"Funded in part by the National Institutes of Health, the study considered the evidence from peer-reviewed studies conducted between 1980, when PTSD was first included as a disorder in the Diagnostic and Statistical Manual of Mental Disorders, Third Edition, and 2003.The earliest disaster included in the review was a 1963 landslide and flood that took place in northeastern Italy. The most recent was the September 11 terrorist attack in New York City.Although the prevalence of PTSD has previously been found to be higher after human-made and technological disasters than after natural disasters, Galea notes that this difference is largely due to differences in sampling. "Most studies conducted after human-made and technological disasters have focused on direct victims, while studies of natural disasters typically include samples of people in the overall community who probably had substantially lower exposure to the disaster," he said. In addition to exposure to a disaster, a number of other risk factors for PTSD were found to be important across multiple studies.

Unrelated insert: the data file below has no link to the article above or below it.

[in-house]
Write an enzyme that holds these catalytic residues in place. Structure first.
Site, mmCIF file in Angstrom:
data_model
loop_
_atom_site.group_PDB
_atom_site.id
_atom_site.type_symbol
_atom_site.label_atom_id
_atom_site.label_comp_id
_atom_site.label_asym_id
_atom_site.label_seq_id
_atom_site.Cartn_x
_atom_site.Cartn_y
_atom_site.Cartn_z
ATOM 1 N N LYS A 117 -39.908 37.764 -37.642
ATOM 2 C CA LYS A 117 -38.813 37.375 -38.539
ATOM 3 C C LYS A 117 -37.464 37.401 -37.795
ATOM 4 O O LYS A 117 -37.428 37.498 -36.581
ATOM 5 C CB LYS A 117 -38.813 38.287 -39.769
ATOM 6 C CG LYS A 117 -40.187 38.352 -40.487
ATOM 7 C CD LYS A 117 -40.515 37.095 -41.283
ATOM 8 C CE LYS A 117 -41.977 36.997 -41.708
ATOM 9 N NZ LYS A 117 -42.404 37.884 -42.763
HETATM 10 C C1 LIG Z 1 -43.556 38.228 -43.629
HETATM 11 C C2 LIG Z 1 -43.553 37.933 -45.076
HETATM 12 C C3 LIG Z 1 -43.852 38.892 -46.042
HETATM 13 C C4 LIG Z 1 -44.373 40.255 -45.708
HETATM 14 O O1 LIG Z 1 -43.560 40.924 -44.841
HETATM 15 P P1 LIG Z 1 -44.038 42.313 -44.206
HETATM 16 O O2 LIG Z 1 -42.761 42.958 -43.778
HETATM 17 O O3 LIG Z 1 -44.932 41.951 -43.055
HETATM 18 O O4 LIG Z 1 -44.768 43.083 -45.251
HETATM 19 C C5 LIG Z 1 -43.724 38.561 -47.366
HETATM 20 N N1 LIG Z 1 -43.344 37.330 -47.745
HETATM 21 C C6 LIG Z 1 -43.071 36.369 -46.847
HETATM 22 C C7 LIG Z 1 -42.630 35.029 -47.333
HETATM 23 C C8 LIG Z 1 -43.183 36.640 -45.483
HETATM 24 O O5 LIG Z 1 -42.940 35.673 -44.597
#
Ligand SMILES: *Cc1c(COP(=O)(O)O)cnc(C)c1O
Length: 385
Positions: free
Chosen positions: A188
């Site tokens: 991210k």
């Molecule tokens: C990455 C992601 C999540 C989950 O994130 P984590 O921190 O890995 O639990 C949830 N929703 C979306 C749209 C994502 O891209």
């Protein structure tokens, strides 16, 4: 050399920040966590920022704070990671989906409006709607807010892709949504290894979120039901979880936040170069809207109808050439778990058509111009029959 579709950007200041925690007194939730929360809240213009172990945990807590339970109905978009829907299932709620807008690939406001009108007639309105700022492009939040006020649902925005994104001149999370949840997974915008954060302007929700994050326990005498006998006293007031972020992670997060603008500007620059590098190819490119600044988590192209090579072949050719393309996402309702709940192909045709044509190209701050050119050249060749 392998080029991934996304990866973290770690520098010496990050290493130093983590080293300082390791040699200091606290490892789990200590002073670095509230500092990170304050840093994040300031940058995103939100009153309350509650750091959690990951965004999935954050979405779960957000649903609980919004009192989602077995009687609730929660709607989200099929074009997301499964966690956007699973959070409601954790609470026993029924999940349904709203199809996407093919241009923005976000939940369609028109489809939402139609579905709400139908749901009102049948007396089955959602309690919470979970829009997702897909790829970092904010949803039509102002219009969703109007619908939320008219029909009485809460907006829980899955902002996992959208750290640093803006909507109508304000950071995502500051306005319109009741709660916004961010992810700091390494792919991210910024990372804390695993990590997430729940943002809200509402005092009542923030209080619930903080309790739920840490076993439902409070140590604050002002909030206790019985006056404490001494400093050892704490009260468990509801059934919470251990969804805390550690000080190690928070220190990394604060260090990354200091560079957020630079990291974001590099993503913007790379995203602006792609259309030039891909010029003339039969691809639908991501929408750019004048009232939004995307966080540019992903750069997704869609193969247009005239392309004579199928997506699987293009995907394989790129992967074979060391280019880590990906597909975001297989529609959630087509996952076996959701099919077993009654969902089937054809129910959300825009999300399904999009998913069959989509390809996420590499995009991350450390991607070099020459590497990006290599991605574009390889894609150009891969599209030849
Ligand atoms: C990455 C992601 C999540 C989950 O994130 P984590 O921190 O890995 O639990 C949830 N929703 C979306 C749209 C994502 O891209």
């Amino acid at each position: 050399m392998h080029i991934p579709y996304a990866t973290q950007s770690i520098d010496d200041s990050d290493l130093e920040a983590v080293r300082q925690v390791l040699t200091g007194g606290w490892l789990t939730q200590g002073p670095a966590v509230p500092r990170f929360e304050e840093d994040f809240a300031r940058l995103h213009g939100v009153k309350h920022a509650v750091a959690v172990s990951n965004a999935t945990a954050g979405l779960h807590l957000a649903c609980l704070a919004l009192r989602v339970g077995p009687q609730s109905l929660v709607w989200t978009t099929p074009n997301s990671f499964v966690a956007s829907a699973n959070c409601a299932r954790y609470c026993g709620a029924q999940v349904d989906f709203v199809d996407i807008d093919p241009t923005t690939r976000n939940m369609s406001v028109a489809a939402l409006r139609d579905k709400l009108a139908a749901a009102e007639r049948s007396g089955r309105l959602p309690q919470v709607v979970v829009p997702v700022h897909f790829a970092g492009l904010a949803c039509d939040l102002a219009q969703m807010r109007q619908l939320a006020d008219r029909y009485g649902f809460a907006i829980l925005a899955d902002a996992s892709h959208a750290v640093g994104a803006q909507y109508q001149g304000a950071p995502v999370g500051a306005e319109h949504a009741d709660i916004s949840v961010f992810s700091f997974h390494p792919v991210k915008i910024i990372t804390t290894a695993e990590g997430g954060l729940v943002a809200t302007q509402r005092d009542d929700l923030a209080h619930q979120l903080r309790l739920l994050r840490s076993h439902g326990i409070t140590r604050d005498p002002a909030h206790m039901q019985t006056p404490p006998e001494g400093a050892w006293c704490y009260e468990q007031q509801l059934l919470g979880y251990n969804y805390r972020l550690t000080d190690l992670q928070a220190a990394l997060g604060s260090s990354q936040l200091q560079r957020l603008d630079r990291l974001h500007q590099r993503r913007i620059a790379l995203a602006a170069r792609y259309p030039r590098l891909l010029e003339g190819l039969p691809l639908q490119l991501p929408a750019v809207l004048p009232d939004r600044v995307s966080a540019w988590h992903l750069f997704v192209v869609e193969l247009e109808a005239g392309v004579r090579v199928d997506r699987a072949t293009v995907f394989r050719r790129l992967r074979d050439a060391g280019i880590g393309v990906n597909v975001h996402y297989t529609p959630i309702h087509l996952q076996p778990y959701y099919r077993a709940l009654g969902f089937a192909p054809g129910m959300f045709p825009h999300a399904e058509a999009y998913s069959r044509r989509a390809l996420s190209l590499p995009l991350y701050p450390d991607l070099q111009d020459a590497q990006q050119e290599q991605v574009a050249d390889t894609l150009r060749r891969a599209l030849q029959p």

Women consistently have a higher prevalence of PTSID after disasters than men, as do persons with pre-existing or concurrent psychiatric disorders and those who have previously experienced traumatic events or substantial stress. Galea, an M.D. who is an associate professor at the U-M School of Public Health and a research affiliate at the U-M Institute for Social Research, is involved in several other ongoing research projects related to the mental health consequences of disasters. One is a study of mental health service use among uniformed service providers in New York City in the first five years after the September 11 attacks. Another is a study of how social context, including income inequality, influences an individual's underlying strengths and vulnerabilities in the aftermath of a disaster.